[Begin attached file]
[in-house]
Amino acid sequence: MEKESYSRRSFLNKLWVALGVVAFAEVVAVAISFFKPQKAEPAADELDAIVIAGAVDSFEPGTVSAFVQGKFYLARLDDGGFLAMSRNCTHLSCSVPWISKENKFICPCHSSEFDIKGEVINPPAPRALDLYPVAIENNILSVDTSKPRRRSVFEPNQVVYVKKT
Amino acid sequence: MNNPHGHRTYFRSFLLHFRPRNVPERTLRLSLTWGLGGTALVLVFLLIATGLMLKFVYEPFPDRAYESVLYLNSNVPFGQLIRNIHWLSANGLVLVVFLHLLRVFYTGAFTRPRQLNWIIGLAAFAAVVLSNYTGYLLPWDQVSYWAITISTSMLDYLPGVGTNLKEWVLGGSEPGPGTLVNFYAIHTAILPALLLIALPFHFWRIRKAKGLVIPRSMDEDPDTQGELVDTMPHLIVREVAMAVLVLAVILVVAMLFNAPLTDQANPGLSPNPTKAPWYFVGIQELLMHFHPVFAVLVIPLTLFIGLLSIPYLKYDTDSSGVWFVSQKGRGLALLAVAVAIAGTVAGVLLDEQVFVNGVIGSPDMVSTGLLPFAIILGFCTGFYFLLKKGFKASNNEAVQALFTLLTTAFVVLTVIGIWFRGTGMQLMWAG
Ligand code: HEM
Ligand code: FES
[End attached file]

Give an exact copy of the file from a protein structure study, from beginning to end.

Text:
[in-house]
Amino acid sequence: MEKESYSRRSFLNKLWVALGVVAFAEVVAVAISFFKPQKAEPAADELDAIVIAGAVDSFEPGTVSAFVQGKFYLARLDDGGFLAMSRNCTHLSCSVPWISKENKFICPCHSSEFDIKGEVINPPAPRALDLYPVAIENNILSVDTSKPRRRSVFEPNQVVYVKKT
Amino acid sequence: MNNPHGHRTYFRSFLLHFRPRNVPERTLRLSLTWGLGGTALVLVFLLIATGLMLKFVYEPFPDRAYESVLYLNSNVPFGQLIRNIHWLSANGLVLVVFLHLLRVFYTGAFTRPRQLNWIIGLAAFAAVVLSNYTGYLLPWDQVSYWAITISTSMLDYLPGVGTNLKEWVLGGSEPGPGTLVNFYAIHTAILPALLLIALPFHFWRIRKAKGLVIPRSMDEDPDTQGELVDTMPHLIVREVAMAVLVLAVILVVAMLFNAPLTDQANPGLSPNPTKAPWYFVGIQELLMHFHPVFAVLVIPLTLFIGLLSIPYLKYDTDSSGVWFVSQKGRGLALLAVAVAIAGTVAGVLLDEQVFVNGVIGSPDMVSTGLLPFAIILGFCTGFYFLLKKGFKASNNEAVQALFTLLTTAFVVLTVIGIWFRGTGMQLMWAG
Ligand code: HEM
Ligand code: FES